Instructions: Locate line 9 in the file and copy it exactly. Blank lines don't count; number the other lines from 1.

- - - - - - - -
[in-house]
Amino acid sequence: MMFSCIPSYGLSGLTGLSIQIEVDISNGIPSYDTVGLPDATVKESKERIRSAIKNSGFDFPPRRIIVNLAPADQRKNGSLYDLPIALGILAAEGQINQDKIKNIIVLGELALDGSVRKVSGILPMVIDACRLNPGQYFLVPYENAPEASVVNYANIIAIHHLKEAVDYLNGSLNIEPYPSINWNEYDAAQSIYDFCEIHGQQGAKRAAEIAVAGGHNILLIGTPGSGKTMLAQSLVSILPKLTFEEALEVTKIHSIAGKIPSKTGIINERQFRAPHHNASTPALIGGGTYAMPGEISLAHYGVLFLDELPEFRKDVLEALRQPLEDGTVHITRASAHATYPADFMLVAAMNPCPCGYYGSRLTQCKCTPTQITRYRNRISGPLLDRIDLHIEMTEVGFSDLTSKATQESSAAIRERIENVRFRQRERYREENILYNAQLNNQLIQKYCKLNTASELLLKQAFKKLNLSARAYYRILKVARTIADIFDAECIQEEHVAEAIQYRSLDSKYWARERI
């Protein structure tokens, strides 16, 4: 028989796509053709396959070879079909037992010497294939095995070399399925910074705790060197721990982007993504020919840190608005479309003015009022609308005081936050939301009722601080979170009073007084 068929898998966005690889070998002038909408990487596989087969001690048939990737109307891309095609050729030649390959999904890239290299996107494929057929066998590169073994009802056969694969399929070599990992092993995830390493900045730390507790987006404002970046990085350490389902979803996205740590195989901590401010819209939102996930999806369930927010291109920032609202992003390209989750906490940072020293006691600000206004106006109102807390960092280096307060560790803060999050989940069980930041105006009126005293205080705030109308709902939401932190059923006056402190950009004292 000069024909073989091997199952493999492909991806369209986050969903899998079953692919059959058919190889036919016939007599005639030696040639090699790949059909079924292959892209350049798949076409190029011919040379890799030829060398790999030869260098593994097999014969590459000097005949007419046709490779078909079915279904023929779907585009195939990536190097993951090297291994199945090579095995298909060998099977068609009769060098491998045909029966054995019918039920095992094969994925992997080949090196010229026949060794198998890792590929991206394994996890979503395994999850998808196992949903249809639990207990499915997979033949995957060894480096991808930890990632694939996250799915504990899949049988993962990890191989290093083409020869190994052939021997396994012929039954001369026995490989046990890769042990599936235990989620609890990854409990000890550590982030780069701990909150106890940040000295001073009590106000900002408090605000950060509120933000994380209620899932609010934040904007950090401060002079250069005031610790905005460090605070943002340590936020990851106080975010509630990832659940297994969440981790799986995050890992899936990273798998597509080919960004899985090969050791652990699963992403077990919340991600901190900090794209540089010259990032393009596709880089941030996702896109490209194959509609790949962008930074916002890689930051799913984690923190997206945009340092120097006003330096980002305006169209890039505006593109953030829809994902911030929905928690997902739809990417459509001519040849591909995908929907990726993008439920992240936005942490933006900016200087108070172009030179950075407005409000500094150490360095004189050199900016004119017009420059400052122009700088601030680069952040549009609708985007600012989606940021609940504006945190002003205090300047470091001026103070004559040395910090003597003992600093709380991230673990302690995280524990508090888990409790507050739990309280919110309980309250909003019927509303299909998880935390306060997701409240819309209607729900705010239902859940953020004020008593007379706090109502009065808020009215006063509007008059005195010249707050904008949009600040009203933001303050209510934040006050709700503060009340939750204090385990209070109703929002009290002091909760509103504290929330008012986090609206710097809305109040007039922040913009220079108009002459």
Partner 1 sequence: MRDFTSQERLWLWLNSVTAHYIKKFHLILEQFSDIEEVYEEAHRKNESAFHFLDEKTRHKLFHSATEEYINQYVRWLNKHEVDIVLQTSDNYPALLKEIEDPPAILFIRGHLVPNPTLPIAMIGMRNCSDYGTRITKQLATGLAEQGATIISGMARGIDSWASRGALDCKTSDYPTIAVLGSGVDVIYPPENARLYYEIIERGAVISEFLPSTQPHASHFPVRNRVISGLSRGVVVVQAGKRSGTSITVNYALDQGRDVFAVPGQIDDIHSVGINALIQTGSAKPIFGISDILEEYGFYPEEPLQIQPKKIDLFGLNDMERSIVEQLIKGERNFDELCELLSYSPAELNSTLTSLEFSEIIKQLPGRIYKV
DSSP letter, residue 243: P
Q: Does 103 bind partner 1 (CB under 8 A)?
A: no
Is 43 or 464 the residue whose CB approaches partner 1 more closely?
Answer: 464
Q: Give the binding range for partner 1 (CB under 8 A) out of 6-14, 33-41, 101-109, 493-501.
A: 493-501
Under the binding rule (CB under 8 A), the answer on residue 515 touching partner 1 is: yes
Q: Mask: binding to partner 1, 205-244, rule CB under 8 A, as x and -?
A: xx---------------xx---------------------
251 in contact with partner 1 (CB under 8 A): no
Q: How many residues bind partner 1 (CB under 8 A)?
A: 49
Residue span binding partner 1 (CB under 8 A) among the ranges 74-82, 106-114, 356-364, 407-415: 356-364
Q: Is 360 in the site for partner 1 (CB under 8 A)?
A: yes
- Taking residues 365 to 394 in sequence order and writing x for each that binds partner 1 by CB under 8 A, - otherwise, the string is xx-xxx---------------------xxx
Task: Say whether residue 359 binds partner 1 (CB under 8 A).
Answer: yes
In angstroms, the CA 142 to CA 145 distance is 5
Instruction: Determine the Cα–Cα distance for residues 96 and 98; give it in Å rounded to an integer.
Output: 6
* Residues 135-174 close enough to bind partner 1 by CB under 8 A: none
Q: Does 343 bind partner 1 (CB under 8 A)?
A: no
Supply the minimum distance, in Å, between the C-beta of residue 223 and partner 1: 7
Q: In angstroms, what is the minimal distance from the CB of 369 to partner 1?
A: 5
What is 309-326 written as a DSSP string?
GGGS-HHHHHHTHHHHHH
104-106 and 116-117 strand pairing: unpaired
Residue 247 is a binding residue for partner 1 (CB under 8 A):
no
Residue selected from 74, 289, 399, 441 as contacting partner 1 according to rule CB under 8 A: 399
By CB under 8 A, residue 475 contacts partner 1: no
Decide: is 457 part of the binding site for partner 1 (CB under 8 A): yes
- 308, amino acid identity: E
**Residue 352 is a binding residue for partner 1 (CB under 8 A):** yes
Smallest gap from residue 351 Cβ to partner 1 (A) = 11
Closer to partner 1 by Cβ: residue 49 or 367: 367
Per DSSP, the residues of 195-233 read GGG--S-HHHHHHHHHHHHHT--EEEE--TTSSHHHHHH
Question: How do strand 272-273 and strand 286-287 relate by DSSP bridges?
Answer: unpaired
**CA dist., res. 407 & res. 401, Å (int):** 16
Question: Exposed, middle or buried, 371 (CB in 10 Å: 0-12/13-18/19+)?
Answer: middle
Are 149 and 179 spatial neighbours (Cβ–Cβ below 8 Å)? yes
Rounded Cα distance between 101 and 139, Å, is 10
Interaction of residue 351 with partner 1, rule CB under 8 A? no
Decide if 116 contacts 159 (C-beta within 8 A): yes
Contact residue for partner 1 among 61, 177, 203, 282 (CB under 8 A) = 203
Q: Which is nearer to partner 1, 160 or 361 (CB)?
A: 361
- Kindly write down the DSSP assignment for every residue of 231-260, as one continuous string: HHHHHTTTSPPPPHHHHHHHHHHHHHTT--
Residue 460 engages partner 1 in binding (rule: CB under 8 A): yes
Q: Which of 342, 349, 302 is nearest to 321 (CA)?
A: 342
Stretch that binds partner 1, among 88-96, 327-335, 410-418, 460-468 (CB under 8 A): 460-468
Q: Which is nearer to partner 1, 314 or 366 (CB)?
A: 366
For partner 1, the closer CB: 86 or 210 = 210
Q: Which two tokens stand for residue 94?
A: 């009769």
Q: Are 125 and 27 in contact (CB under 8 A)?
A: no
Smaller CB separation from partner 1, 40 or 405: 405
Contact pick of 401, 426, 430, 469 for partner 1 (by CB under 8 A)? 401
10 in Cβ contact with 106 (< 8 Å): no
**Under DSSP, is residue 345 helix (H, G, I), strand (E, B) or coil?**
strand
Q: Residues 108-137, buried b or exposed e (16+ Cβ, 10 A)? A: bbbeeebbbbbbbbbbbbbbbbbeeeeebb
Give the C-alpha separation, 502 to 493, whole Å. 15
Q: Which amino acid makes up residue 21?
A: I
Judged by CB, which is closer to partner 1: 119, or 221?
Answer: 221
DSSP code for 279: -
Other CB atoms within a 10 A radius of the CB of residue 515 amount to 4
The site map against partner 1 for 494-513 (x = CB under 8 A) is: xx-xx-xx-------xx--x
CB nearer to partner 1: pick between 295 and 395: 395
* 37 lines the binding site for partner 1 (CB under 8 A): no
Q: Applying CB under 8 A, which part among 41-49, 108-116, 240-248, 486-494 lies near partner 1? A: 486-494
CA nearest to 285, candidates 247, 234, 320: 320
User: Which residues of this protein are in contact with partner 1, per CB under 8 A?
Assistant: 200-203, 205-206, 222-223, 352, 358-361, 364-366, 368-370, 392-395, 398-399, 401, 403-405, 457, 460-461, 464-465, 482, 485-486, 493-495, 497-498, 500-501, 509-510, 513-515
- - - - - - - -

Answer: 464